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I think I suffered scombroid food poisoning, together with some other people. I actually got the worst of it. The others experienced pain in the mouth. I had facial flushing and tachycardia as well.

This is not the first time this happens as we've experienced pain from both tuna and bonito. Both cooked and raw (tartar).

According to the Wikipedia, this can be due to inappropriate handling of the fish. I bought this last bonito from a fish shop five minutes walking away. I guess it's hardly likely that the error was on me, but I won't rule it out neither. My handling of the bonito was to cut it up, put it into a vacuum bag and freeze. The batch that made us ill was vacuum and unfrozen. I've got more tuna from the same batch in the freezer, so I'll have to throw that out. That's one shop where I'm not buying anymore.

Is there a way of testing for histamine to prevent future problems?

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I threw the whole batch out. –  BaffledCook Aug 25 '11 at 21:34
    
I don't know if it would work in this case, but if it's a histamine reaction, it's possible that the survival technique used for testing for safe food would work -- you crush up a plant a bit, then rub it on the inside of your arm, opposite the elbow. If you develop a rash over the next few days, it's obviously not safe to eat (at least in the prepared form you tested; you have to try raw vs. each cooked preparation) ... and this is only one of the initial tests ... and I'd still rather not risk it, myself, and just pitch it. –  Joe Aug 29 '11 at 2:51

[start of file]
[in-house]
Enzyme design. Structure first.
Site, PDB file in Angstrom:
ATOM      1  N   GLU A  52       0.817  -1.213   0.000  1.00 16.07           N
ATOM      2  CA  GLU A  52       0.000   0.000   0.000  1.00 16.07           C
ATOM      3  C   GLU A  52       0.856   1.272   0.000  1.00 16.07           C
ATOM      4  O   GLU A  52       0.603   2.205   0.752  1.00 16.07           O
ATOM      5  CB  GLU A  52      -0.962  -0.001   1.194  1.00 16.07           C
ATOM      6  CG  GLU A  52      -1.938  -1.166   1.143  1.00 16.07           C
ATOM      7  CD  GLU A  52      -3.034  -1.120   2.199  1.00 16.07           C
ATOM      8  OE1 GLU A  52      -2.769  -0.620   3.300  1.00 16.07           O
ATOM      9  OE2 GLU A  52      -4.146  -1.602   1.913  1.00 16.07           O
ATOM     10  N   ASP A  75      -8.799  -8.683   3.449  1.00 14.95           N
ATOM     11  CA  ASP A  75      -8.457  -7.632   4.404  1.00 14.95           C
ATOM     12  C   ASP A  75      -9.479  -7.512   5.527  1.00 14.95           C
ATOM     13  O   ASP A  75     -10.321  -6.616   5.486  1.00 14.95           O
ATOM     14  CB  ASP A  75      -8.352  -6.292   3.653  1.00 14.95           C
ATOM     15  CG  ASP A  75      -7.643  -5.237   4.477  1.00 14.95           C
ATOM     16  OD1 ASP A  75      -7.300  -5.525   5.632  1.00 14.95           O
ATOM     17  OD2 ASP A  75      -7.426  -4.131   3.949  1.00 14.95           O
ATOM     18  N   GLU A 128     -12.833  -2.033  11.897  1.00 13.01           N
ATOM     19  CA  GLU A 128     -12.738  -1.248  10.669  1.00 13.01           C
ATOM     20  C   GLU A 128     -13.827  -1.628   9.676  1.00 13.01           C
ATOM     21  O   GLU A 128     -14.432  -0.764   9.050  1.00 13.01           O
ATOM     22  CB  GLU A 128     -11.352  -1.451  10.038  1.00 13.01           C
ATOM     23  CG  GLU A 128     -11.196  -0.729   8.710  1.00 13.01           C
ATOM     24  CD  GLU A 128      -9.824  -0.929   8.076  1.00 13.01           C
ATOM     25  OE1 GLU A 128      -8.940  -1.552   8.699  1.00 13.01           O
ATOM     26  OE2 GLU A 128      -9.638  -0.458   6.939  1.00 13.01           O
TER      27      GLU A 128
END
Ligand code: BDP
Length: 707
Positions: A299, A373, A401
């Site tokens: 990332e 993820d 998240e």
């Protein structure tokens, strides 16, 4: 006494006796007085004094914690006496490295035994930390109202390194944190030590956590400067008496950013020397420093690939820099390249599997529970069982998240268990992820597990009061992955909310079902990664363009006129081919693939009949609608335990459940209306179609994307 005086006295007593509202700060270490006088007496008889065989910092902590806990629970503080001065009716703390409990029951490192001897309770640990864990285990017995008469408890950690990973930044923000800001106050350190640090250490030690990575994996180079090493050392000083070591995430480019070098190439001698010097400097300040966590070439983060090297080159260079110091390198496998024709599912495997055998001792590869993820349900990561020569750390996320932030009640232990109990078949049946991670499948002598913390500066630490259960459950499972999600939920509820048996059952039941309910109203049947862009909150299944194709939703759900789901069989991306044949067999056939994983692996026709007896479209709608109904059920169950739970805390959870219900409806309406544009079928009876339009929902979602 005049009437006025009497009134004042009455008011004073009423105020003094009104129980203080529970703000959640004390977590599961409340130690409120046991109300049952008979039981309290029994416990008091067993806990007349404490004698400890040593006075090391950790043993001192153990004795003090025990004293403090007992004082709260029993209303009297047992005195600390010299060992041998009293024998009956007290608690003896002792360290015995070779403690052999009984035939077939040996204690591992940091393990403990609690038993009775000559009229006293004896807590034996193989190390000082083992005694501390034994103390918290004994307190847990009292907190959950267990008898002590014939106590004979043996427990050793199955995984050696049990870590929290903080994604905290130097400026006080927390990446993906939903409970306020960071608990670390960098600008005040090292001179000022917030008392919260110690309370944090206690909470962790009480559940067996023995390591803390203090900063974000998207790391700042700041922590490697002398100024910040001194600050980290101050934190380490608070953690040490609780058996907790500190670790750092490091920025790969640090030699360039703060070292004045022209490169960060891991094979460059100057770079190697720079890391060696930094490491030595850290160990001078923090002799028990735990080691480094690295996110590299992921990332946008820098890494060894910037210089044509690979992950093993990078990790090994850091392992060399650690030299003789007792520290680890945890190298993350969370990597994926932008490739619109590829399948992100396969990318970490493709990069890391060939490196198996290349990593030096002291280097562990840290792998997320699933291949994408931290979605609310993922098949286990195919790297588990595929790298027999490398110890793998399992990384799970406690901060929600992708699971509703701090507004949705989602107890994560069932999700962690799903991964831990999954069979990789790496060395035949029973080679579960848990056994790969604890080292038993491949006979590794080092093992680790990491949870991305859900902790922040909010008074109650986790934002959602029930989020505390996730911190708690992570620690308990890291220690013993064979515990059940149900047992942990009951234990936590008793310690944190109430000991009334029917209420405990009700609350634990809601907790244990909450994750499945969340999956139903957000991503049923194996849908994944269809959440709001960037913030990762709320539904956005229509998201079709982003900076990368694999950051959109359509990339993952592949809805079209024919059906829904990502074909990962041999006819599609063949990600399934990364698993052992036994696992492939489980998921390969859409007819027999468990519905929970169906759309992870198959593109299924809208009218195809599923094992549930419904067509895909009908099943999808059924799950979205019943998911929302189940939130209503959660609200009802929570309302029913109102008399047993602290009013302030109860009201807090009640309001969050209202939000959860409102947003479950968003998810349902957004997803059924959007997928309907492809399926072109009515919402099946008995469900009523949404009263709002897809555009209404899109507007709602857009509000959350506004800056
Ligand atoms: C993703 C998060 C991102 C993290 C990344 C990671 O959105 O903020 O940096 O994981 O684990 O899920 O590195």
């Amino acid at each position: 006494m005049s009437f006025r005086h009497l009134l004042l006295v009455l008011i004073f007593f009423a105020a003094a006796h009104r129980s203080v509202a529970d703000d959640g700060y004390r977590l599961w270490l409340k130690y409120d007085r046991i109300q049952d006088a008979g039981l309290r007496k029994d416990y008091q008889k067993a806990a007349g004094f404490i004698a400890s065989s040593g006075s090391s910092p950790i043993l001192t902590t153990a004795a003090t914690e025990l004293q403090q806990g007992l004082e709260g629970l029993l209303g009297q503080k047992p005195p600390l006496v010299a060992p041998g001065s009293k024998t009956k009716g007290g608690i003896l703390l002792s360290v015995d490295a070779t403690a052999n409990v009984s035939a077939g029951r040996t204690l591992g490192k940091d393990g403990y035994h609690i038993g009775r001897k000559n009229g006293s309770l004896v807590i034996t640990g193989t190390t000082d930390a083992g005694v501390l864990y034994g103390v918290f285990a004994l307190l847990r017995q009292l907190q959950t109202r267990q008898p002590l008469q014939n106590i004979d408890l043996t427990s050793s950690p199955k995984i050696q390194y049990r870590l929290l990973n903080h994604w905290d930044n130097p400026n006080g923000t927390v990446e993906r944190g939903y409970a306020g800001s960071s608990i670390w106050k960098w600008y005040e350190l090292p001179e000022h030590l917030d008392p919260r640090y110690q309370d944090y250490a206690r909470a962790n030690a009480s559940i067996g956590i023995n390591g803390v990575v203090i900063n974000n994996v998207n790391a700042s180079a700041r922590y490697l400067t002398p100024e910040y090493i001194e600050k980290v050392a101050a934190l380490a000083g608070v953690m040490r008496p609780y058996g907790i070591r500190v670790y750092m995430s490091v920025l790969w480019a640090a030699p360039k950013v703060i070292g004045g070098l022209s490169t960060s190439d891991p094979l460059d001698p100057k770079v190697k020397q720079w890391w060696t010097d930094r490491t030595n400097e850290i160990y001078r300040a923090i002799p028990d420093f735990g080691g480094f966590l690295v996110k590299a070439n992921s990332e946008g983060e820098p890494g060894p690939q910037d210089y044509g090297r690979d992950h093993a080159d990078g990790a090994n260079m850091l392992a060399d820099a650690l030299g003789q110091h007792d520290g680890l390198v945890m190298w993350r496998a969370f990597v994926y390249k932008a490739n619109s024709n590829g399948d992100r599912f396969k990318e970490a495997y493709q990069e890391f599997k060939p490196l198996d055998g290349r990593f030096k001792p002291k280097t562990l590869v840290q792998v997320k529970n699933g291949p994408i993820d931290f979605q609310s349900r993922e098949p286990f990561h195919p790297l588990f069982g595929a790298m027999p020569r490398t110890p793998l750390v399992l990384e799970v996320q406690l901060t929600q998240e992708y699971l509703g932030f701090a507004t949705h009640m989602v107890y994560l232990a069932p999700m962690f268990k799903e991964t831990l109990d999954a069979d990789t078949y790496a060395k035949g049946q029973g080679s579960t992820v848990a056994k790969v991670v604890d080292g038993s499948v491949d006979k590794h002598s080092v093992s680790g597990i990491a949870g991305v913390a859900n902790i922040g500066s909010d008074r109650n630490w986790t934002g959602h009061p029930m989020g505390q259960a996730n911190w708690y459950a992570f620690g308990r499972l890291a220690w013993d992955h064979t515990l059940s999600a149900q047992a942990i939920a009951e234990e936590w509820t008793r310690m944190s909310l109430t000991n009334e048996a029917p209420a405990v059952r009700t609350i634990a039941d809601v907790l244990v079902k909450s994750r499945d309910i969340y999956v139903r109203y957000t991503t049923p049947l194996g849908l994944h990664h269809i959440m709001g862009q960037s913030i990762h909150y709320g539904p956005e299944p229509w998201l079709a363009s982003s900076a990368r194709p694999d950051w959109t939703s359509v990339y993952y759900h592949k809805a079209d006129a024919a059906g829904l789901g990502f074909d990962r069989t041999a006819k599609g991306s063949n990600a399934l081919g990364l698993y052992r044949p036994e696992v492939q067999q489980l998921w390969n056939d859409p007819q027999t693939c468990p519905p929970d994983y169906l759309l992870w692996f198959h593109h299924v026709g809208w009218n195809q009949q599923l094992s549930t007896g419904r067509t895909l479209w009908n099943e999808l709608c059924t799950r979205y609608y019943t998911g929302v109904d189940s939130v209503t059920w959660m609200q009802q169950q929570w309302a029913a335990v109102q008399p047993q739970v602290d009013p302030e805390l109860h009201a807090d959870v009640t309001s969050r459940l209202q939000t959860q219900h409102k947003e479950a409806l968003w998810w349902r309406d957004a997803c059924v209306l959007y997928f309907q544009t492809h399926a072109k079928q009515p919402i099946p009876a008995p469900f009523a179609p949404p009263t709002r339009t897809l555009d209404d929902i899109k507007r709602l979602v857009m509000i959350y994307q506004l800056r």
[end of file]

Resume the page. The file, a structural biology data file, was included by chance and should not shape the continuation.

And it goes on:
1 Answer 1

up vote 2 down vote accepted

If you say that your handling of the fish was a 5 minute walk and to cut it up and freeze it, it is more than likely that the contamination occurred during the supply chain. Once the enzyme histidine decarboxylase has been formed, it can continue to produce histamine in the fish even if the bacteria are not active.

There are test kits available for checking histamine levels but they are intended for commercial use. http://www.noackgroup.com/Live/ProductCatalog_en.YoCms?GROUP=%24D_FAA_07_01#_1NEO9505 is one of the places that has them.

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The answer above re testing the raw tuna on the skin is very, very interesting. Precooked tuna in a factory that is elevated in histamine will cause reactions with the fish cleaners. In the very old days, the itching reaction on the sensitive individuals sometimes was the first indication of histamine problems. Generally the inside area of the fingers were the first to feel it. The histamine is heat stable and will only increase. i will test the idea the next time we have access to high histamine fish. Just a great idea. –  A Old Tuna Guy Jan 22 at 6:35

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